Some people like to think that their puppy is cute, their kitten is adorable, or their baby is to die for. I think we can all agree this titmouse is taking to whole concept of "cute"to a whole new level.

Northern Parula is a common early migrant here, and they provide a much-needed respite from the Yellow-rumped and Orange-crowned Warbler scene. Oh, and if you have ever heard the line "warblers were dripping off the trees", I offer you this photo of a warbler dripping off a tree.

Northern Parulas rank fairly high on the crippling scale. I find the breast pattern mesmerizing (as I find many breast patterns).

Seriously though, this is a nice bird to get to see regularly. I suspect you easterners take them for granted, to your detriment. Photographed at Laguna Atascosa.

White-tipped Doves are pretty common here...this is the best I could do in the crush department so far. They are easy to find at feeding stations but getting them to sit still is rough. I like the purple spectacles these doves use to see through. Photographed at Sabal Palm.

White-tailed Hawks ply the skies here year-round. With their long wings, sharp head pattern, contrasting underwing and short tails, they look like the perfect cross between Short-tailed and Swainson's Hawks. Photographed east of Brownsville, TX.

Eastern Phoebe is not a bird that will leave the observer broken on the ground and twitching once eye contact is made, but people have strong feelings about them. It's an amicable bird. It is a birder's bird, and so it is only natural that I sponsor this practitioner of The Economy of Style. Santa Ana National Wildlife Refuge.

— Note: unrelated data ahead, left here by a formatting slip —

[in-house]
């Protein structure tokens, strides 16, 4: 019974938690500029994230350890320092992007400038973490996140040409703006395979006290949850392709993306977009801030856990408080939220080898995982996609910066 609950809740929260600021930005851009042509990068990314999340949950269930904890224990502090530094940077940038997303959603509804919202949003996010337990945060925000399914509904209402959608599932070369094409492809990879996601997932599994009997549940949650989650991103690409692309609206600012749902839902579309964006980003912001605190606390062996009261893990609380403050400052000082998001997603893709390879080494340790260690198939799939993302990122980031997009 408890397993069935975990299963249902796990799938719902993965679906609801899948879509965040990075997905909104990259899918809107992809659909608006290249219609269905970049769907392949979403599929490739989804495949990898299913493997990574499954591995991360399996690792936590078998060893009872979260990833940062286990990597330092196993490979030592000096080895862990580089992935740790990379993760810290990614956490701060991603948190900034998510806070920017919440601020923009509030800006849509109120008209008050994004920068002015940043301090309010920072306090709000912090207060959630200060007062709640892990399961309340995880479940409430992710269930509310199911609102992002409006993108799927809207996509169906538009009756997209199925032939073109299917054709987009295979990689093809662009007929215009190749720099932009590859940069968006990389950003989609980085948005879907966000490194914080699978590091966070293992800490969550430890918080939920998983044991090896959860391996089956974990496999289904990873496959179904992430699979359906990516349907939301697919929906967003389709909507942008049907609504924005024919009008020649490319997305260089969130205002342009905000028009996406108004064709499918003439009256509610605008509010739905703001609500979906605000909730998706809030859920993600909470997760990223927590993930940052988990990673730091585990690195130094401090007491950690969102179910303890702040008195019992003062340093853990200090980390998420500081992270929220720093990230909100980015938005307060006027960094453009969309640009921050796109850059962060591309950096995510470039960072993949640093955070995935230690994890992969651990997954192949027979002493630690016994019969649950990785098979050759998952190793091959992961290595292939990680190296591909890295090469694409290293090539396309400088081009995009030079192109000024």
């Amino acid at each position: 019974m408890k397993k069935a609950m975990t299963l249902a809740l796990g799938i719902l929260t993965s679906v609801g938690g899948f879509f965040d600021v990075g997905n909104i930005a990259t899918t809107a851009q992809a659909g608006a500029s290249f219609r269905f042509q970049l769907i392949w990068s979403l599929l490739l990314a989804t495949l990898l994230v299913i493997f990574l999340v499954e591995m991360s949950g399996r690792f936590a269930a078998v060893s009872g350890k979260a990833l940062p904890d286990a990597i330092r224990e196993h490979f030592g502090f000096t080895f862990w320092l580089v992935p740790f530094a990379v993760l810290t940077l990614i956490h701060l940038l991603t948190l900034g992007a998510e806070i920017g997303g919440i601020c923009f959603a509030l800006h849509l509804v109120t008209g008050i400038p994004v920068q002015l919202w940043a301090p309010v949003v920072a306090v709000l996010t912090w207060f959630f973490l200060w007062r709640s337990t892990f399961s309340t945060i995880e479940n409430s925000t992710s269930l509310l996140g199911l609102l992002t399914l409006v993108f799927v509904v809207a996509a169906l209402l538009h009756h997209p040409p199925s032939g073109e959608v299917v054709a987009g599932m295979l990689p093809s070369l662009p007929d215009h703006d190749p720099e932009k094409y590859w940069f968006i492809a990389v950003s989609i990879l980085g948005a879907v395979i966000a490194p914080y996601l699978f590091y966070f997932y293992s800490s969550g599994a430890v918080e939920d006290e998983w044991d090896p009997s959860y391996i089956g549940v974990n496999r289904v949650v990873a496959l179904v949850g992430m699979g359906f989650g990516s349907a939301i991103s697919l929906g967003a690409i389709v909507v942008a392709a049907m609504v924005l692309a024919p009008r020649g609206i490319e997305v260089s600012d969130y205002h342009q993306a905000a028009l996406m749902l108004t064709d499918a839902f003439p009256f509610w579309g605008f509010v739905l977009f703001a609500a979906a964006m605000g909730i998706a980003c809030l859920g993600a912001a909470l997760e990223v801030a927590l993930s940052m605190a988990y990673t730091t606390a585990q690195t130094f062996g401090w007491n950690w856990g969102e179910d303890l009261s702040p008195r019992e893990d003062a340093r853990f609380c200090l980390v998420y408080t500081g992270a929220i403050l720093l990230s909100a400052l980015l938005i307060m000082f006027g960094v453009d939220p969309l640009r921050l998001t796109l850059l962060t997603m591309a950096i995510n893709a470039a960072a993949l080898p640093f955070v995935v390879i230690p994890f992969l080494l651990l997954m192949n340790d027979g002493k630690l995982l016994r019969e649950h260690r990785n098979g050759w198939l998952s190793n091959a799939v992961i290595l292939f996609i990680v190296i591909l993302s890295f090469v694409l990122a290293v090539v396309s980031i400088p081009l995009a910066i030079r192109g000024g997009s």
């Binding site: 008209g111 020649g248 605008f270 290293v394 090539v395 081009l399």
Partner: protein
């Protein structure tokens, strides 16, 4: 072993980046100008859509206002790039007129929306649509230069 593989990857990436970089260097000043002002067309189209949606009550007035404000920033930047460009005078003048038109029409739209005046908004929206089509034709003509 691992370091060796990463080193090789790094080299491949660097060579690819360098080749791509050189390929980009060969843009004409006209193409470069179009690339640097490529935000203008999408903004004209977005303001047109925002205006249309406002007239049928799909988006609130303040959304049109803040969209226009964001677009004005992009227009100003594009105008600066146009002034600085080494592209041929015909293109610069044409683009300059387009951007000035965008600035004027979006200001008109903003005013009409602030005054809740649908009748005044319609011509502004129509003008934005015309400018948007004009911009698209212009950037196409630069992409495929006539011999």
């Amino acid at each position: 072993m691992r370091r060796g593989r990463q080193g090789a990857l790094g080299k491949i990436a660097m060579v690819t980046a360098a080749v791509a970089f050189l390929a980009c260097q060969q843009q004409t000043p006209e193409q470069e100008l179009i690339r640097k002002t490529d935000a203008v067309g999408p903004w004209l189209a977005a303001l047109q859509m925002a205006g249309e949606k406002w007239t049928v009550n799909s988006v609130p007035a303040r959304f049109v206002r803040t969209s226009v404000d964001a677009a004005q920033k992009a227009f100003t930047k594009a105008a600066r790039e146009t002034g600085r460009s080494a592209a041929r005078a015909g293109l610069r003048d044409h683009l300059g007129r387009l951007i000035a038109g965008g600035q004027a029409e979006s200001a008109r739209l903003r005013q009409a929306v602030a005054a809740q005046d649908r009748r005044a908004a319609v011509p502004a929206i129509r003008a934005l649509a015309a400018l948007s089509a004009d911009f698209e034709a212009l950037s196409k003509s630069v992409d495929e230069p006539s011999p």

Scissor-tailed Flycatcher (one of the world's greatest birds) are saturating the valley right now. It's difficult to not see one once you get out of the city. I have lost track of the number of these I've agonizingly had to drive past when I didn't have a camera or couldn't pull over. If Green Jay is an improbable bird, then Scissor-tailed Flycatcher borders on an impossibility, although sadly I can't back up that statement with the right photo...yet. Photographed west of Laguna Atascosa.


  1. Goddamn. I knew it wouldn't be long before your Texas crushes came to light and demolished my Texas crushes. I just didn't know it would hurt this bad. Well done.

    1. Months of pain await you my friend.

    2. I read "Mouths of pain..." and found that to be an intriguing and terrifying response.

  2. Such Crush...very birding.

    I must say the White-tipped Dove and Tufted Titmouse were my faves here, in large part because it's good to see them getting some publicity (the Titmouse and wood Dove awareness organizations really need to get off their asses) alongside the well-known LRGV cripplers.
    You already crushed Olive Sparrow, which is high on my must-see list when visiting in June.

    Rose-throated Becards? Crimson-collared Grosbeak? Are you slacking off?


      No becard or grosbeak. There is much birding here, but no rare birds. The only birds I've seen here that eBird has flagged are WTSP and TEWA.